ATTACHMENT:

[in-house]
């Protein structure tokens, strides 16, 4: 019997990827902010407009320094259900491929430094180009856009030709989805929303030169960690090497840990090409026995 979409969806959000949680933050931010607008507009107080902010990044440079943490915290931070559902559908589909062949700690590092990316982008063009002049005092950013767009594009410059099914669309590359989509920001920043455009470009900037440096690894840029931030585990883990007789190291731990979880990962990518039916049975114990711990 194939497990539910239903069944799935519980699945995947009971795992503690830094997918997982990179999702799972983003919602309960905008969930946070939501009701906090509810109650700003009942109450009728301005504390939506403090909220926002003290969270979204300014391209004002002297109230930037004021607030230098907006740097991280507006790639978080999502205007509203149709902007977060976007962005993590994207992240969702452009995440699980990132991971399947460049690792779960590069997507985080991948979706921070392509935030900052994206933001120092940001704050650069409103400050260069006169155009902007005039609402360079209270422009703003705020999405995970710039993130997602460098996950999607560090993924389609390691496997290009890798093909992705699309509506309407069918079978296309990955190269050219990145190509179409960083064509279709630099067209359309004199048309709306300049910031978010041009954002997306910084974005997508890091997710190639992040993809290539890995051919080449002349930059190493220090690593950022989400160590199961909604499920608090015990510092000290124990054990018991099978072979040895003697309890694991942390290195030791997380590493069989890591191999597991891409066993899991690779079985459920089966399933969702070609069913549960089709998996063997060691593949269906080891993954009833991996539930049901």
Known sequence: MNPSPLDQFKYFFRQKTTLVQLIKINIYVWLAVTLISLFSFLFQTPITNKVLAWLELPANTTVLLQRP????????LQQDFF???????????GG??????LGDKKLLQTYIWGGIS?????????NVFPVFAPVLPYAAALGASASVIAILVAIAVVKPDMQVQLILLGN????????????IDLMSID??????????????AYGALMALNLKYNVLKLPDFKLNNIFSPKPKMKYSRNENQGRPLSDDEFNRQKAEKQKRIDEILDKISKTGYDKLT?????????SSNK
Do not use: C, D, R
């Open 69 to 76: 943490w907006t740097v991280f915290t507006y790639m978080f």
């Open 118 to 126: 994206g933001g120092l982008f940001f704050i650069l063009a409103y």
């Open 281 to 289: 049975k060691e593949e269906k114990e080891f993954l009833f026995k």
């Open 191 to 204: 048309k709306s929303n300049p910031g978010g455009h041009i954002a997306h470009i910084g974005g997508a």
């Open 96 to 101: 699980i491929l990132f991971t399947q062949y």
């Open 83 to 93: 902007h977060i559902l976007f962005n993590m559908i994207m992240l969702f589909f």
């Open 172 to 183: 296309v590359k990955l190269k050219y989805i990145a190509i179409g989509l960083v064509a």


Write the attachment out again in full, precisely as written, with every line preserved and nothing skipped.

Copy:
[in-house]
């Protein structure tokens, strides 16, 4: 019997990827902010407009320094259900491929430094180009856009030709989805929303030169960690090497840990090409026995 979409969806959000949680933050931010607008507009107080902010990044440079943490915290931070559902559908589909062949700690590092990316982008063009002049005092950013767009594009410059099914669309590359989509920001920043455009470009900037440096690894840029931030585990883990007789190291731990979880990962990518039916049975114990711990 194939497990539910239903069944799935519980699945995947009971795992503690830094997918997982990179999702799972983003919602309960905008969930946070939501009701906090509810109650700003009942109450009728301005504390939506403090909220926002003290969270979204300014391209004002002297109230930037004021607030230098907006740097991280507006790639978080999502205007509203149709902007977060976007962005993590994207992240969702452009995440699980990132991971399947460049690792779960590069997507985080991948979706921070392509935030900052994206933001120092940001704050650069409103400050260069006169155009902007005039609402360079209270422009703003705020999405995970710039993130997602460098996950999607560090993924389609390691496997290009890798093909992705699309509506309407069918079978296309990955190269050219990145190509179409960083064509279709630099067209359309004199048309709306300049910031978010041009954002997306910084974005997508890091997710190639992040993809290539890995051919080449002349930059190493220090690593950022989400160590199961909604499920608090015990510092000290124990054990018991099978072979040895003697309890694991942390290195030791997380590493069989890591191999597991891409066993899991690779079985459920089966399933969702070609069913549960089709998996063997060691593949269906080891993954009833991996539930049901």
Known sequence: MNPSPLDQFKYFFRQKTTLVQLIKINIYVWLAVTLISLFSFLFQTPITNKVLAWLELPANTTVLLQRP????????LQQDFF???????????GG??????LGDKKLLQTYIWGGIS?????????NVFPVFAPVLPYAAALGASASVIAILVAIAVVKPDMQVQLILLGN????????????IDLMSID??????????????AYGALMALNLKYNVLKLPDFKLNNIFSPKPKMKYSRNENQGRPLSDDEFNRQKAEKQKRIDEILDKISKTGYDKLT?????????SSNK
Do not use: C, D, R
């Open 69 to 76: 943490w907006t740097v991280f915290t507006y790639m978080f």
């Open 118 to 126: 994206g933001g120092l982008f940001f704050i650069l063009a409103y």
């Open 281 to 289: 049975k060691e593949e269906k114990e080891f993954l009833f026995k």
């Open 191 to 204: 048309k709306s929303n300049p910031g978010g455009h041009i954002a997306h470009i910084g974005g997508a």
């Open 96 to 101: 699980i491929l990132f991971t399947q062949y």
């Open 83 to 93: 902007h977060i559902l976007f962005n993590m559908i994207m992240l969702f589909f």
């Open 172 to 183: 296309v590359k990955l190269k050219y989805i990145a190509i179409g989509l960083v064509a």